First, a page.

Time to buy a pair of Wellies and book a flight to England. The Ted Hughes Poetry Trail has just been dedicated in Devon, in southwest England, and it sounds like just the sort of memorial any writer would want.
This memorial to one of the English language’s finest and fiercest poets (who moved to Devon in 1961 and lived there until his death in 1998) consists of a trail marked with posts, each dedicated to one of Hughes’ poems. One of the stops along the trail is dedicated to “The Thought-Fox,” which ranks just behind Robert Lowell’s “For the Union Dead” on my All-Time Favorite Poems list.
The poem describes the process of literary creation with the precision and economy of a great watercolor, and as with all of Hughes’s best poems, it can leave you feeling that a ghost has crossed through the room and trailed its fingers along your back as it passed:
I imagine this midnight moment’s forest:
Something else is aliveBesides the clock’s loneliness
And this blank page where my fingers move.
I was introduced to Hughes’s work through, of all things, the lyrics printed on the back cover of Paul Simon’s album Still Crazy After All These Years, which offered a few lines from Crow as the epigraph to “My Little Town.” That was a reckless move on Simon’s part – “My Little Town” (the occasion for the first of his money-spinning reunions with Art Garfunkel) is one of his tritest songs, and those few lines of Ted Hughes annihilated just about every word of Simon’s album. Until then, I’d only vaguely known of Hughes as the husband of Sylvia Plath, one of the original Womens Studies Martyrs, but I quickly tracked down Crow and Hawk in the Rain and from then on I was hooked.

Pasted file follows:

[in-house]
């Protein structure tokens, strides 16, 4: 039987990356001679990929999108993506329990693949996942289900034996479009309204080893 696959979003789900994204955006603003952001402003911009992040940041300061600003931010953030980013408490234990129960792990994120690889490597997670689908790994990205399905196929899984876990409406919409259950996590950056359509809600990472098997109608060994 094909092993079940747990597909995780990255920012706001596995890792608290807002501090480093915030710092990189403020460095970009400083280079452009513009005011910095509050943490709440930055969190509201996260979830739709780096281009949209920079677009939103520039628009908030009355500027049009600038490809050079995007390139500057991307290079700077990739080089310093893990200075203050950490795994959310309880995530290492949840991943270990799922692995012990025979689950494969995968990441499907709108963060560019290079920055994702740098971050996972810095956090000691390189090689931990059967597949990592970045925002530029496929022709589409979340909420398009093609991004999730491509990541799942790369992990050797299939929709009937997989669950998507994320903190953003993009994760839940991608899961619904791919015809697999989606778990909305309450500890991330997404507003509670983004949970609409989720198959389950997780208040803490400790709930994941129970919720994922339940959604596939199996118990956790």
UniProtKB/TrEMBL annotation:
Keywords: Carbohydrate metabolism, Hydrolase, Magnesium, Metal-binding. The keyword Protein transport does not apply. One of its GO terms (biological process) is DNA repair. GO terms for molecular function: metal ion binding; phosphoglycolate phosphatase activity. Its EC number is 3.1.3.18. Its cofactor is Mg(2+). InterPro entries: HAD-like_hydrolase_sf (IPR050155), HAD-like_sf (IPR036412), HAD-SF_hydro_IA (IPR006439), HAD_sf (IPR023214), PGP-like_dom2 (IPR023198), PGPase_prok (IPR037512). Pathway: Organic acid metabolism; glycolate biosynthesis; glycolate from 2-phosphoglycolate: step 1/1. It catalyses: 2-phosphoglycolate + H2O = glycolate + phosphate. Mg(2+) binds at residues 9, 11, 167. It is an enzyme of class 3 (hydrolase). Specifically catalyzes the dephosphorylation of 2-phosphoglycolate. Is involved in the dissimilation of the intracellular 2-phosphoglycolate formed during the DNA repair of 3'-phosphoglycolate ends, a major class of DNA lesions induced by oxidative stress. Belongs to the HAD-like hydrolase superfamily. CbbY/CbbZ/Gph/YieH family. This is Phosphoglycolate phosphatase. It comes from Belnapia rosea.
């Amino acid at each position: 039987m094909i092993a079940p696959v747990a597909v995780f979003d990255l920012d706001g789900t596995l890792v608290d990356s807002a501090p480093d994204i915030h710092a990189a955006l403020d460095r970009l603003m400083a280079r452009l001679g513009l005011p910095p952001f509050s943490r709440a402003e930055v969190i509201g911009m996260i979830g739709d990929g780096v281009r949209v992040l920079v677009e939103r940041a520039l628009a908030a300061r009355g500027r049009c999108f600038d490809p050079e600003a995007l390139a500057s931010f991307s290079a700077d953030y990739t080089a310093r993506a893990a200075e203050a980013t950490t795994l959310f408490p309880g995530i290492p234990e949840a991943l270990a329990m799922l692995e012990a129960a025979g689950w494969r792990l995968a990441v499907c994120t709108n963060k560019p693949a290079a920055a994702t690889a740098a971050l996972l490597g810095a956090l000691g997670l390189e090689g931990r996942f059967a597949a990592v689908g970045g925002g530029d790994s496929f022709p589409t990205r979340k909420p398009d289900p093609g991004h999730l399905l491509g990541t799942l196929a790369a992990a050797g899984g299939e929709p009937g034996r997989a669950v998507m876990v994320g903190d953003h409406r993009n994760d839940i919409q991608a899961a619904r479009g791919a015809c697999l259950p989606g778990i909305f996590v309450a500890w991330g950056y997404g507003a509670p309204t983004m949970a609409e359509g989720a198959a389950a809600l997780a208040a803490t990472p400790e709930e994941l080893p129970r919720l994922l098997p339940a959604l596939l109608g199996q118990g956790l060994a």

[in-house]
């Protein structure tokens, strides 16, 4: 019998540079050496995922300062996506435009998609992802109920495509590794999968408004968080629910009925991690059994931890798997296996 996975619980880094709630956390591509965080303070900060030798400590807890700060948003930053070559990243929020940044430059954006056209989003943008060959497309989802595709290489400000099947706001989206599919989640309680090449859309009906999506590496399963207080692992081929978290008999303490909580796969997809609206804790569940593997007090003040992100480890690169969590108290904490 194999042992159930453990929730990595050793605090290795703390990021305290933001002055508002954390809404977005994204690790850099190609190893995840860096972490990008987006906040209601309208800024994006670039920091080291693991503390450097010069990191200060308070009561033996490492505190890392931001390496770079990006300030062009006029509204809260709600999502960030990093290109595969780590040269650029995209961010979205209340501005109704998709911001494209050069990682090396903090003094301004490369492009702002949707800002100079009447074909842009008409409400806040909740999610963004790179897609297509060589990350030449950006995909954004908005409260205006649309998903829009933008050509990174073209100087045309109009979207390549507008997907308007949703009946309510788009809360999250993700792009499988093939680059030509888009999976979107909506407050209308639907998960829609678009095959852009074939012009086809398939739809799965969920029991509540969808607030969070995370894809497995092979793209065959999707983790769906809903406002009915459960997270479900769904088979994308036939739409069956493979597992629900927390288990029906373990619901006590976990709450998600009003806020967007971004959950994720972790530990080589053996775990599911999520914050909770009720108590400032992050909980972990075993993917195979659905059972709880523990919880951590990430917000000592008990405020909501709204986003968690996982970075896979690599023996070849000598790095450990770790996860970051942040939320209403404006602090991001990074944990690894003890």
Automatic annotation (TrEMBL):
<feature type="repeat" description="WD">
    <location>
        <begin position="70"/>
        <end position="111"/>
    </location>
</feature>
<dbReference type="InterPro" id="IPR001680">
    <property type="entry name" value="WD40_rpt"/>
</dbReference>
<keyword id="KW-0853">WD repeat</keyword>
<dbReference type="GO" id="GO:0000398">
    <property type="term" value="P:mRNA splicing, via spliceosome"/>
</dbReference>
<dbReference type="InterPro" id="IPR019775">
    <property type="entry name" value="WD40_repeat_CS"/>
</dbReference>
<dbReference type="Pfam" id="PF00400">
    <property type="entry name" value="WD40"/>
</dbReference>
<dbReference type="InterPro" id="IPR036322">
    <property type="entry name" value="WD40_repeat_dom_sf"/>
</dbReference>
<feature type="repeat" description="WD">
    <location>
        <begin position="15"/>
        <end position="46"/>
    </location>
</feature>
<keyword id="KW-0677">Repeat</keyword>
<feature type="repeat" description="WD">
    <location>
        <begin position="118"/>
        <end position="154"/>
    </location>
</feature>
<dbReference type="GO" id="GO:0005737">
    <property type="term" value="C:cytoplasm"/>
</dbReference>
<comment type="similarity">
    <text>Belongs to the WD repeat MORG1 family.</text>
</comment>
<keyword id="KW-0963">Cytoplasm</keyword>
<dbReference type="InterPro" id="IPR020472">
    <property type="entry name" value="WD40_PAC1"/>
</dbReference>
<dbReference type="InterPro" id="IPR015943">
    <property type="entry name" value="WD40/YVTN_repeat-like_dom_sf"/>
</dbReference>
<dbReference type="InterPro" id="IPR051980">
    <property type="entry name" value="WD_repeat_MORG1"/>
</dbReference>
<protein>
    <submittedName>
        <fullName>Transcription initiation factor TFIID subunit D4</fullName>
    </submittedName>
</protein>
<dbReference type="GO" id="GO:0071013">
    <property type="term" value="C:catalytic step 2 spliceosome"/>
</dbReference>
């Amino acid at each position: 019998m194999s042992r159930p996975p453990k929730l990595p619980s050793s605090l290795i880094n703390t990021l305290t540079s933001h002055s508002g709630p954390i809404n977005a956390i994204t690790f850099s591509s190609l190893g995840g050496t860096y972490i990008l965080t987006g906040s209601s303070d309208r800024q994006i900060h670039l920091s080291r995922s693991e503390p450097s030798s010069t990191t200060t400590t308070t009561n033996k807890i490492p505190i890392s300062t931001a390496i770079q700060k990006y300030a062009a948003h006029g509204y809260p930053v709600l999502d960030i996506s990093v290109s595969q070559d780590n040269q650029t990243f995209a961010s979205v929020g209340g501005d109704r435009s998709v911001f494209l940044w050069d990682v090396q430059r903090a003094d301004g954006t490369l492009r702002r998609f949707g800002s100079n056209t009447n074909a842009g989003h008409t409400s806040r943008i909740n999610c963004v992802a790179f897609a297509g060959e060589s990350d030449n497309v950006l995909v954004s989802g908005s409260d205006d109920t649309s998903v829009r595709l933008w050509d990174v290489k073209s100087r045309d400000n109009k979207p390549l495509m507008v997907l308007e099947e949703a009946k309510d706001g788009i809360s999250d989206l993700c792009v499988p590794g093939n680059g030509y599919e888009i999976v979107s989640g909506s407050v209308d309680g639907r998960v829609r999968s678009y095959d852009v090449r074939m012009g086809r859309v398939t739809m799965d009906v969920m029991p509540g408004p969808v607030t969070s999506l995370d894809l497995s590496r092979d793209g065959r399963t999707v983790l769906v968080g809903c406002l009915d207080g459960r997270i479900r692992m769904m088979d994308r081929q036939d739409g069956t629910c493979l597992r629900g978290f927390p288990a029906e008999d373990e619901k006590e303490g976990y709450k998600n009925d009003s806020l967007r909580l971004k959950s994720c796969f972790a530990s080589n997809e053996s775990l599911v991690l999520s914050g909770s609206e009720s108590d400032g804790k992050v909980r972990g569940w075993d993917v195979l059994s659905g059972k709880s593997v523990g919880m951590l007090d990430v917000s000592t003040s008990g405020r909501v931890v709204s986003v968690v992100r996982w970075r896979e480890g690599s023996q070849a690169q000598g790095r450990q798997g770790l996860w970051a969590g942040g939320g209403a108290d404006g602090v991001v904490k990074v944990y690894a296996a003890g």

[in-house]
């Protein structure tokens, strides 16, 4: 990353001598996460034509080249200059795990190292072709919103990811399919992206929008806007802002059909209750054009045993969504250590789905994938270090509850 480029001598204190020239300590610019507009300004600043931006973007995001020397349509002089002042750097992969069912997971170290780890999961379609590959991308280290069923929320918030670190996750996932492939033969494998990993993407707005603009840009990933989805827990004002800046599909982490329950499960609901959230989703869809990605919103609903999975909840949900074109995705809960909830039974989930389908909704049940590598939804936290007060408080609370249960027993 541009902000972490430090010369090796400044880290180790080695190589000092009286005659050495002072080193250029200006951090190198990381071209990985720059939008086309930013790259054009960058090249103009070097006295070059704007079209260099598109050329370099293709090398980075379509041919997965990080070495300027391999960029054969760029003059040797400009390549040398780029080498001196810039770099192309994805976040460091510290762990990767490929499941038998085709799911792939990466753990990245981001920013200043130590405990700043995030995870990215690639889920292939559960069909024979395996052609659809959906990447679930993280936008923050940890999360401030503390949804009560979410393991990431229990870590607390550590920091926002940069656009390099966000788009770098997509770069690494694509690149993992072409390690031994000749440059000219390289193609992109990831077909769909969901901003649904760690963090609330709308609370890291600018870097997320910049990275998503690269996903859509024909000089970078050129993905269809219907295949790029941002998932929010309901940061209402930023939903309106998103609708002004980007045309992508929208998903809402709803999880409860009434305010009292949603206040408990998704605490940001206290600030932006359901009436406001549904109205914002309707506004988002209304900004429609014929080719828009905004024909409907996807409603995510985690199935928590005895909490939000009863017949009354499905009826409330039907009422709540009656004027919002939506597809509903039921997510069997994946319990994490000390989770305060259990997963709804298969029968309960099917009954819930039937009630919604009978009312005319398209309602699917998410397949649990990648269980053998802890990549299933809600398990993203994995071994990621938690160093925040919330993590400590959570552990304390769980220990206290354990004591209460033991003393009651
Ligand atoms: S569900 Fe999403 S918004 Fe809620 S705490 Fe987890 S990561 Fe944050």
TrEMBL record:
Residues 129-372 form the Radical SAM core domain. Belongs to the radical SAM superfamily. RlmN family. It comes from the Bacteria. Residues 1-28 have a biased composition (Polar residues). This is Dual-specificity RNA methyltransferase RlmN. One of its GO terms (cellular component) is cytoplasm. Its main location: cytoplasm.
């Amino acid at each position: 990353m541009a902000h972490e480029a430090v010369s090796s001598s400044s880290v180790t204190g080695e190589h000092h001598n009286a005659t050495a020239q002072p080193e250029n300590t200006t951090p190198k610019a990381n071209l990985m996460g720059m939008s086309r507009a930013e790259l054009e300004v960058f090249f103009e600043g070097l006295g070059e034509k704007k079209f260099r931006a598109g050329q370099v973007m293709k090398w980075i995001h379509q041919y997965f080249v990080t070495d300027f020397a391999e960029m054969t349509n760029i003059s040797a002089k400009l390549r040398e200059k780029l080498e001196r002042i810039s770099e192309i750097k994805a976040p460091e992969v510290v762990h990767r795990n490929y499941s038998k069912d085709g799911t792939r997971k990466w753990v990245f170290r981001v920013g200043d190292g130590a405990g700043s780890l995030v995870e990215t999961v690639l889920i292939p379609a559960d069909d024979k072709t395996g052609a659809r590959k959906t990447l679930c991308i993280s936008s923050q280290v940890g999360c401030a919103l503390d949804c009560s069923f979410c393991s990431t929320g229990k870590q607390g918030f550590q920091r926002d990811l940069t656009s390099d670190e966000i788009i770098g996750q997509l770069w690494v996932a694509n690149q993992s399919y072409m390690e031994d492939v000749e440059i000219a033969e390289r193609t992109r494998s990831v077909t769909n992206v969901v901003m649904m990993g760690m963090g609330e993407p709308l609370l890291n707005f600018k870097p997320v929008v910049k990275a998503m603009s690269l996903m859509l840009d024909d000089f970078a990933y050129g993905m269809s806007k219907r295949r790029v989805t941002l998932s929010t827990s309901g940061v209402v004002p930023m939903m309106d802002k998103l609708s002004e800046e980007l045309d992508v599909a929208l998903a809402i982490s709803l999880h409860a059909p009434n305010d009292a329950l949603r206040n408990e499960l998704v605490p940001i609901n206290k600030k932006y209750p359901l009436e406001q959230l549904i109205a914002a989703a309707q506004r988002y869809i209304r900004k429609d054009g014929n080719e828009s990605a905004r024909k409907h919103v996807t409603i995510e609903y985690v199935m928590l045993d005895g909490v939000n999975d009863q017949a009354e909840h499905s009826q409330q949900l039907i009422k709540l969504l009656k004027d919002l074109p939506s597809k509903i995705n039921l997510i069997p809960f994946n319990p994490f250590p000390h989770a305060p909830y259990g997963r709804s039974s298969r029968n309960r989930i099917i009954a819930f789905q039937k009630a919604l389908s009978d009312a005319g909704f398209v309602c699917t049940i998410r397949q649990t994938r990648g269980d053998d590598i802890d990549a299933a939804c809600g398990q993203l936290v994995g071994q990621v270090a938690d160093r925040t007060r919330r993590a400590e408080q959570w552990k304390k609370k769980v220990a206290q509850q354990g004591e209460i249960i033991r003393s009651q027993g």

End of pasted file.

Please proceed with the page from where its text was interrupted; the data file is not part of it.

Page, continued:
How appropriate to use a nature trail to memorialize a poet whose work was so fully grounded in the natural world. Hughes’s feeling for the English landscape was such that he requested his name be placed on a memorial stone in a remote area of Dartmoor, between the sources of the rivers Teign, Dart, Taw and East Okement.
Maybe I’ll remember something more later on, but right now the closest comparison I can think of for this memorial would be the series of plaques along the streets of Dublin that mark Leo Bloom’s small-time epic journey on June 16, as described in James Joyce’s Ulysses.
Maybe that’s a bad comparison – Joyce hated Dublin with some of the same green rancor Frank Sinatra reserved for Hoboken. Hughes, on the other hand, not only loved the English countryside, he was for several years the poet laureate of Old Blighty, in which capacity he would compose private poems to be sent to the Queen. (Of all the privileges of royalty, that sounds like one of the most enviable.) Looks like Devon has found a perfect way to return the favor.Powered by Sidelines